The Reason you have a Plan B

So The beginning of February has already rolled in, and with it our annual winter camping trip. This year we had our eyes on a winter ascent of Wedge Mountain. We planned out the route, and all the logistics, had all the avalanche gear rented and ready to go… And then the Avy conditions in the Sea to Sky corridor went from bad, to really bad, to worse. Of course this happened about 12 hours before our planned time of leaving home.

So we had to pull the plug on Wedge Mountain for now and move on to something else. To a Plan B.

We chose Mount Frosty. Manning Park BC. This one had been our back up plan from previous years and we kept it as a good second choice if needed. A scramble of last minute data collected on trail conditions, avy conditions, and overall adjustments to our trip, we were good to go.

We took off at the same time we originally planned for, approx 530am. We stopped for a quick bite in Hope, and continued on into Manning Park.

We arrived at Lightning Lakes and quickly unloaded the gear and suited up for the less than perfect weather that was looming over us. 2 degrees and almost rainy. Grrr.

The route is straight forward and not much time was wasted backtracking through the woods like some other hikes. We continued up to the high camp at about 7kms where there is an old emergency shelter.

We set up camp for the night here. The snow began to fall a little heavier. We retreated into the shelter to warm up and get some much needed calories back in us.

We called it a night around 10pm. Through the night it got cold. Not much sleep. From about midnight to 3am the wind kicked up quite a bit.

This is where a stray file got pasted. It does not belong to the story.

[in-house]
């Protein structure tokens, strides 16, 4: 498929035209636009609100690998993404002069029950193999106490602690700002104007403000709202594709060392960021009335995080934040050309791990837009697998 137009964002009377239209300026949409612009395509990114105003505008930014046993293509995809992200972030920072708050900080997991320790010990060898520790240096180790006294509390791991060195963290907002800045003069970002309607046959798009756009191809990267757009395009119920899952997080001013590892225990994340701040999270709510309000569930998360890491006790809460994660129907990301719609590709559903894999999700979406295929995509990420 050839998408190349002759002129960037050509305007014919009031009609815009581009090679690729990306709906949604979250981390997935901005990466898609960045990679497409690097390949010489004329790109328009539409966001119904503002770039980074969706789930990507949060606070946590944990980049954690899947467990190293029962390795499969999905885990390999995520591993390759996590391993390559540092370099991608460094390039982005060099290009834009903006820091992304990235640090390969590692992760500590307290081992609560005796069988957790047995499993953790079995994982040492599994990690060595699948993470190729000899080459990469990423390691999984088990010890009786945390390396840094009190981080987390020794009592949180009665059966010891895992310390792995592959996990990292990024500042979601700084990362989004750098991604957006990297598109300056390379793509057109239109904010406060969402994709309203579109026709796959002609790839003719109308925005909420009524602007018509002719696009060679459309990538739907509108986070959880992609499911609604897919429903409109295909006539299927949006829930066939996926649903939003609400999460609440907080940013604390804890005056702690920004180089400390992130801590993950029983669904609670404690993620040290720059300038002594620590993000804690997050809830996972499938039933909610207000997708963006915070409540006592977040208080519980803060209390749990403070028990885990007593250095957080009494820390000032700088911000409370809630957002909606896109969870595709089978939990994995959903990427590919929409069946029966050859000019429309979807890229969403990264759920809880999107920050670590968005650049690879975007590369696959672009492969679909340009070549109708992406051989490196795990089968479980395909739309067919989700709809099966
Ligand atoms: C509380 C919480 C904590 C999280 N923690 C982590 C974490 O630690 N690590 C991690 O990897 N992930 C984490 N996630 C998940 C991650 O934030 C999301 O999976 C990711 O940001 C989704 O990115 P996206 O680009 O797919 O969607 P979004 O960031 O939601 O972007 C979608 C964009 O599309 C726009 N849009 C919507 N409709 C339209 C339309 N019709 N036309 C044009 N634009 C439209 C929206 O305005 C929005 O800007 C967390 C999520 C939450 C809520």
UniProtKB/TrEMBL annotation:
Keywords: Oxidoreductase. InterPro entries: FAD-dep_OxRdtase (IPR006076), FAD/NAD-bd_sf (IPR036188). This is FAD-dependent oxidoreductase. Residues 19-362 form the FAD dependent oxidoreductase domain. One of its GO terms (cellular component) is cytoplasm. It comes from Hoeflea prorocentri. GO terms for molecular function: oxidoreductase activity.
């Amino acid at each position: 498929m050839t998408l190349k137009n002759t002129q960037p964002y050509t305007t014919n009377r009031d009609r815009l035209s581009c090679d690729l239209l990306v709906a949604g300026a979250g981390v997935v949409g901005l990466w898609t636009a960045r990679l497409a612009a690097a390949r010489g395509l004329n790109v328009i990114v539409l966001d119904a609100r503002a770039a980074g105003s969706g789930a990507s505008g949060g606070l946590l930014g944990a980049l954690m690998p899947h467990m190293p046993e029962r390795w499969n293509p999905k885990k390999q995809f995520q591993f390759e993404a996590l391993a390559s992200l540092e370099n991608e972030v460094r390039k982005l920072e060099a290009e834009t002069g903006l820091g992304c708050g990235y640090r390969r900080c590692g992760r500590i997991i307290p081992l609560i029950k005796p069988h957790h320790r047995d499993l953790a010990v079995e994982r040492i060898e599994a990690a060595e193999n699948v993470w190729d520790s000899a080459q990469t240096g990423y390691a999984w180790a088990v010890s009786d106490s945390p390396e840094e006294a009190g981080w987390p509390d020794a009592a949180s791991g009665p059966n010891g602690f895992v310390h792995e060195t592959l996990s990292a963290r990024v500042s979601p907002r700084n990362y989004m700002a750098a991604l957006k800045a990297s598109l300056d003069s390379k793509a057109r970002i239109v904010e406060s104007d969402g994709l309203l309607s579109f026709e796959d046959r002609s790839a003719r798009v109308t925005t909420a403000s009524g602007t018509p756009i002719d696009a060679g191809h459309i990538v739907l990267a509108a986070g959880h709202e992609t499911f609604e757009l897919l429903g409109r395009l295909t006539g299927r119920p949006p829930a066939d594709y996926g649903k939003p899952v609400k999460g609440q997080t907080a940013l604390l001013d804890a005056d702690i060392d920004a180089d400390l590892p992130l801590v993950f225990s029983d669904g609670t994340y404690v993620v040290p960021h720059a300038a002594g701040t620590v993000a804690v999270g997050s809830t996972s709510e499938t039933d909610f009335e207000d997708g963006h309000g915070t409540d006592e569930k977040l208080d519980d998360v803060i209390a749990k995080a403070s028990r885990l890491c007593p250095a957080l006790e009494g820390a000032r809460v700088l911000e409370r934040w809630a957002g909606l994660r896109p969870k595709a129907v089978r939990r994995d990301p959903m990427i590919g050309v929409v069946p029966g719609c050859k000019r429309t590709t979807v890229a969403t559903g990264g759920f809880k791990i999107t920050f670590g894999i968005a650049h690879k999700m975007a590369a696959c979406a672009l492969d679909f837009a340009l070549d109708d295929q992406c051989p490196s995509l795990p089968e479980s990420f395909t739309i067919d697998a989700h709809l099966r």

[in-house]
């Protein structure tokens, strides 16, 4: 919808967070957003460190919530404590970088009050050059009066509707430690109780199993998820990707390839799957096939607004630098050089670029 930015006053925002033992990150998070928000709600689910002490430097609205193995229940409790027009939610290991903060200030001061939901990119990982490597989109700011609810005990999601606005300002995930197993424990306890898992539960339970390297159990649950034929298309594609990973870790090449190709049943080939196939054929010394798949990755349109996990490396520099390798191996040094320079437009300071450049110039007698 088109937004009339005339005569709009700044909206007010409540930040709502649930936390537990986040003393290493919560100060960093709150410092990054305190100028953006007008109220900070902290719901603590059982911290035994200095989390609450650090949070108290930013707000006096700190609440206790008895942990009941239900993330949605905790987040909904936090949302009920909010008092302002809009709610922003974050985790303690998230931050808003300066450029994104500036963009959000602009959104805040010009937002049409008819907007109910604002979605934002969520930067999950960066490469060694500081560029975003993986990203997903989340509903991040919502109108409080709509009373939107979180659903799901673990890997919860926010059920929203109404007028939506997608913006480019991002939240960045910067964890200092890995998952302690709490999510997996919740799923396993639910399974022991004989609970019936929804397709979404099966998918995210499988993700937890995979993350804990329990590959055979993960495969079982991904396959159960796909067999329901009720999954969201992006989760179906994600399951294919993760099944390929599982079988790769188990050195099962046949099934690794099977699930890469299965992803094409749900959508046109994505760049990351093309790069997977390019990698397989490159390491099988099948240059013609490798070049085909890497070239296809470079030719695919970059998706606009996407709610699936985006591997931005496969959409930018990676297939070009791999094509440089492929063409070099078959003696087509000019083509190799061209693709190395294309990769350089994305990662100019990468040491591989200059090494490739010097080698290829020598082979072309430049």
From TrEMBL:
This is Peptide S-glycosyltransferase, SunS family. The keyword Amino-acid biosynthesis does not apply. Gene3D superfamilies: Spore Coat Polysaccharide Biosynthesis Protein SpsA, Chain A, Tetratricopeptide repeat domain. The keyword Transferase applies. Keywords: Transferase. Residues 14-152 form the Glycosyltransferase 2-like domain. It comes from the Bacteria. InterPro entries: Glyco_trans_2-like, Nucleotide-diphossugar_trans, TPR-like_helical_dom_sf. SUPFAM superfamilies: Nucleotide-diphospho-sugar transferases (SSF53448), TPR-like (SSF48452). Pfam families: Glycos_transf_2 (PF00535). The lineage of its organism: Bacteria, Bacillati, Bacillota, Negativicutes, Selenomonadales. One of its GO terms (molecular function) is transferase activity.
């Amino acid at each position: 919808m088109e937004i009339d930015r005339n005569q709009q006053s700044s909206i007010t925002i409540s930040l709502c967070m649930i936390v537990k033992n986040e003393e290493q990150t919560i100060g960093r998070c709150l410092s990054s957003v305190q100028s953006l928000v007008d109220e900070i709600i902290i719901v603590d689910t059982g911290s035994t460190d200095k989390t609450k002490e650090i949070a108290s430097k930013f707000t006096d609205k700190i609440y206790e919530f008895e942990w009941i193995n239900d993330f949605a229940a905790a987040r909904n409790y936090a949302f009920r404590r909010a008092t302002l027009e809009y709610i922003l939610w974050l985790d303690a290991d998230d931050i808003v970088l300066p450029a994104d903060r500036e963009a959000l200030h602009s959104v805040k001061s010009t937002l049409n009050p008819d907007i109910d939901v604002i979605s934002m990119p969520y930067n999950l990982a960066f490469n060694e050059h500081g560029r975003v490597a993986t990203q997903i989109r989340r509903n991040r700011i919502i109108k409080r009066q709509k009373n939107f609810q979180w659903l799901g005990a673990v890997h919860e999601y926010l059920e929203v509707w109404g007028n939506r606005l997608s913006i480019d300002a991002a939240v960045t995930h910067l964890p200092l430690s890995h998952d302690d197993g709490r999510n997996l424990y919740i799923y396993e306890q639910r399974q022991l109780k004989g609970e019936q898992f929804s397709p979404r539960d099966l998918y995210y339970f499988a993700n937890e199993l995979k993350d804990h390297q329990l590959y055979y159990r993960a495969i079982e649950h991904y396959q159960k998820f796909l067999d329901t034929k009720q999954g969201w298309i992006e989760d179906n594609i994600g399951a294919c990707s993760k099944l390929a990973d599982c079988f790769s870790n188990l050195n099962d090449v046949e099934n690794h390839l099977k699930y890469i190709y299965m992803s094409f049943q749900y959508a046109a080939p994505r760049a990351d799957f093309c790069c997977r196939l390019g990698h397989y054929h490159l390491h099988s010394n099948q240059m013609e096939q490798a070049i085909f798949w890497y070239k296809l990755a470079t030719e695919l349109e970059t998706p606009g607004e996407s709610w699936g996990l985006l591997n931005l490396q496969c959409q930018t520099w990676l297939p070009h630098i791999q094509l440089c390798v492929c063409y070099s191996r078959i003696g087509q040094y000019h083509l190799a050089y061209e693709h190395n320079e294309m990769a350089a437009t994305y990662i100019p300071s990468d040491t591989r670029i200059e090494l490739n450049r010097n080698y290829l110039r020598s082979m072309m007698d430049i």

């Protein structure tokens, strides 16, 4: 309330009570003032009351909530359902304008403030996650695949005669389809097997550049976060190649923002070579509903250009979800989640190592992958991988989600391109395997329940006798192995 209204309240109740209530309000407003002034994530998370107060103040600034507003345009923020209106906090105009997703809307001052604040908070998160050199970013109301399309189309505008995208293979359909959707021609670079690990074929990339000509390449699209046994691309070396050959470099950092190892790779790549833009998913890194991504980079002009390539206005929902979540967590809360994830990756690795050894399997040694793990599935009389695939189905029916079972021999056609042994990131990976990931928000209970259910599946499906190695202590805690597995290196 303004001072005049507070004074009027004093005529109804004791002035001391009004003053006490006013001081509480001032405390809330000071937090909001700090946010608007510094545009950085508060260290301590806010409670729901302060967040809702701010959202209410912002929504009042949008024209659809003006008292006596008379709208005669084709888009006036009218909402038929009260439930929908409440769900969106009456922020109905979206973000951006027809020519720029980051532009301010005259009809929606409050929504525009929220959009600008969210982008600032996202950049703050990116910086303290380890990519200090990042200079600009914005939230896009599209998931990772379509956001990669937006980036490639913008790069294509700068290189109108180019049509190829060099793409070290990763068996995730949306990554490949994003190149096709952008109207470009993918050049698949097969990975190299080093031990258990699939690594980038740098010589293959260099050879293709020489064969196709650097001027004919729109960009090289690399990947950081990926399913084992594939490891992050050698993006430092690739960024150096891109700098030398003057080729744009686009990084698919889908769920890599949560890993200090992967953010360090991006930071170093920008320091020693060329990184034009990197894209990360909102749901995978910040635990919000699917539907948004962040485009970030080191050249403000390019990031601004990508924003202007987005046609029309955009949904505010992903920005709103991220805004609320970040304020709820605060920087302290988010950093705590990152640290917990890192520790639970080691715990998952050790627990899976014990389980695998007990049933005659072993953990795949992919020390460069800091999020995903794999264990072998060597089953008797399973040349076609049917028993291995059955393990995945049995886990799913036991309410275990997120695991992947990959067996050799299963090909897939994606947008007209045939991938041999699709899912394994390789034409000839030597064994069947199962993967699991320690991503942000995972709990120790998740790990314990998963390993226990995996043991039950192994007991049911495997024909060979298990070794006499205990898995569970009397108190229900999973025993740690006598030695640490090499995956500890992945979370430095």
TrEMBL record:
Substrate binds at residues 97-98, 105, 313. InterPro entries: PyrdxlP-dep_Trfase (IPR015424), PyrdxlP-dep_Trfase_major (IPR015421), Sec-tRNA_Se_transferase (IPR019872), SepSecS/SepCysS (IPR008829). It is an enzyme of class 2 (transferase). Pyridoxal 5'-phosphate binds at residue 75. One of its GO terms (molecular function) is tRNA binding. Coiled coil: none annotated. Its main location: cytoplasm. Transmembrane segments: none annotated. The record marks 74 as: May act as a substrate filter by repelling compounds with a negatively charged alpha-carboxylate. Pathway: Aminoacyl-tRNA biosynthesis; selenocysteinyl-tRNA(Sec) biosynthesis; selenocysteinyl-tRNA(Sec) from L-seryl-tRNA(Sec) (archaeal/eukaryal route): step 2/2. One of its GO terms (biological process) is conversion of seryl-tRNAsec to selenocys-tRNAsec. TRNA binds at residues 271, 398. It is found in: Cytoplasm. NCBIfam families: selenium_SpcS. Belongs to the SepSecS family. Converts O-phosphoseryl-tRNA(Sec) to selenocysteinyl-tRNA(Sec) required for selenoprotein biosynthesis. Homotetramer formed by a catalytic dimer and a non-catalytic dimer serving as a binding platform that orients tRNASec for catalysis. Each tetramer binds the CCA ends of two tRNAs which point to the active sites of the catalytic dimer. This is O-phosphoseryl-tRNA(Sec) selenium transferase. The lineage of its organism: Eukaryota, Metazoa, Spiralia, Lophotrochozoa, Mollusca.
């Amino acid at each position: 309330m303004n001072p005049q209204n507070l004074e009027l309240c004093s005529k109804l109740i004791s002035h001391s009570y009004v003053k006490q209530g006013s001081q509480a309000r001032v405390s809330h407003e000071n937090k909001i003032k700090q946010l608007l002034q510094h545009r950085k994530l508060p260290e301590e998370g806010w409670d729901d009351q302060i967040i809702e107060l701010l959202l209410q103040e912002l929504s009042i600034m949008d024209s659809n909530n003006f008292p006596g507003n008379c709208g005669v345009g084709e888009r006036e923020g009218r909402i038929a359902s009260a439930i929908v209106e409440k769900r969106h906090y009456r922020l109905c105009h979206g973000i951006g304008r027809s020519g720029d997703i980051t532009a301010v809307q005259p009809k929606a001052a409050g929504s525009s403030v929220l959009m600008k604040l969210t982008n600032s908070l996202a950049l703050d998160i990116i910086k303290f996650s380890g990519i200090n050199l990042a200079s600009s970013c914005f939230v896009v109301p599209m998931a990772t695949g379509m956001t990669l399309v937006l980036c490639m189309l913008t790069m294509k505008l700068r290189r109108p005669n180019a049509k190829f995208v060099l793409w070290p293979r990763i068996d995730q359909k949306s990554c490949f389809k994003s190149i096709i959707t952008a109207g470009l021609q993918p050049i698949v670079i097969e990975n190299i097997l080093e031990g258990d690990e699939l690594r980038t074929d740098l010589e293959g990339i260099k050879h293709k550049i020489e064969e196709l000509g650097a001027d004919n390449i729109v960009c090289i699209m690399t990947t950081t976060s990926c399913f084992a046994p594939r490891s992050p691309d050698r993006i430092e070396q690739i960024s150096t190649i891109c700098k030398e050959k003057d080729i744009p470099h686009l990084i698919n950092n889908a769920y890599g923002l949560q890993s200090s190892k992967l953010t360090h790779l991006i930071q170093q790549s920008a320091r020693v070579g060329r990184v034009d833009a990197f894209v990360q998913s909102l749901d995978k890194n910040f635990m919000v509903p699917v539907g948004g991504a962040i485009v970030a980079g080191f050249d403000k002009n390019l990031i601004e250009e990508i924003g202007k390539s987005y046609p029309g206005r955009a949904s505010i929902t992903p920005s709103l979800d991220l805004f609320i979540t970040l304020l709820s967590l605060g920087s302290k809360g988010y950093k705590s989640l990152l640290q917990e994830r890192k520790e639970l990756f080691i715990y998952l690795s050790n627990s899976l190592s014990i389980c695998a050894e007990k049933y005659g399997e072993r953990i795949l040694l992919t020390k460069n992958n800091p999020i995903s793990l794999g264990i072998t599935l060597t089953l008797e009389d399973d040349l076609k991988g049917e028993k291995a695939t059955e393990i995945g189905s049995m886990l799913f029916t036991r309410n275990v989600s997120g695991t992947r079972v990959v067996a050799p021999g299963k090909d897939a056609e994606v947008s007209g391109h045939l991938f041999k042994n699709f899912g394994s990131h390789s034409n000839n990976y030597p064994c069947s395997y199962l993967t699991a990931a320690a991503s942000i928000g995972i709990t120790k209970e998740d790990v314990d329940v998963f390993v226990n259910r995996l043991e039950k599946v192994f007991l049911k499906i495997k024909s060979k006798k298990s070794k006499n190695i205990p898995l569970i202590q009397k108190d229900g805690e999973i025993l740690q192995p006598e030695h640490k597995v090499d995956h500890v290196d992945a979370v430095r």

6am rolled around, and the alarm went off. I had that dreaded feeling like I wasn’t entirely sure if I had actually fallen asleep through the night. When I left the refuge of the tent I noticed that all the wind had brought about bluebird skies for us. Bonus.

We ate some breakfast and geared up for the summit push. From the shelter it is a quick ascent up to the meadow where we began to get a view of our objective.

We continued on to the bottom of the bowl and swapped snowshoes for crampons. A bit of an exposed scramble up to the ridge and then along it up to the summit itself.

The wind was blowing hard and probably about -12 with the wind chill. We snapped some quick photos and made our way back down to break camp and get off the mountain.

A much earned dinner at the lodge before embarking on the long ride home. Another successful 36 hour adventure for us in the books. The morals of this trip is even when your original game plan goes sideways on you. Don’t throw in the towel. Pick another adventure and persevere.

Cheers

2 Comments Add yours

  1. Rob says:

    Good story. Just did a flash trip last weekend Friday after work, drove to the closure of Guanella Pass south of Georgetown, CO. Pulked in a saw, a tipi, a stove, and hotdogs and marshmallows and hotdogs for my son’s Cub Scout Pack to come up and sled and snowshoe up to 11,600′ the next day.

    We had Bluebird skies on Saturday, one kid sledded almost a mile. (Per his glorious exaggeration) We dodged the bad weather bullet…

    Like

    1. seegs123 says:

      Cheers Rob.

      Like

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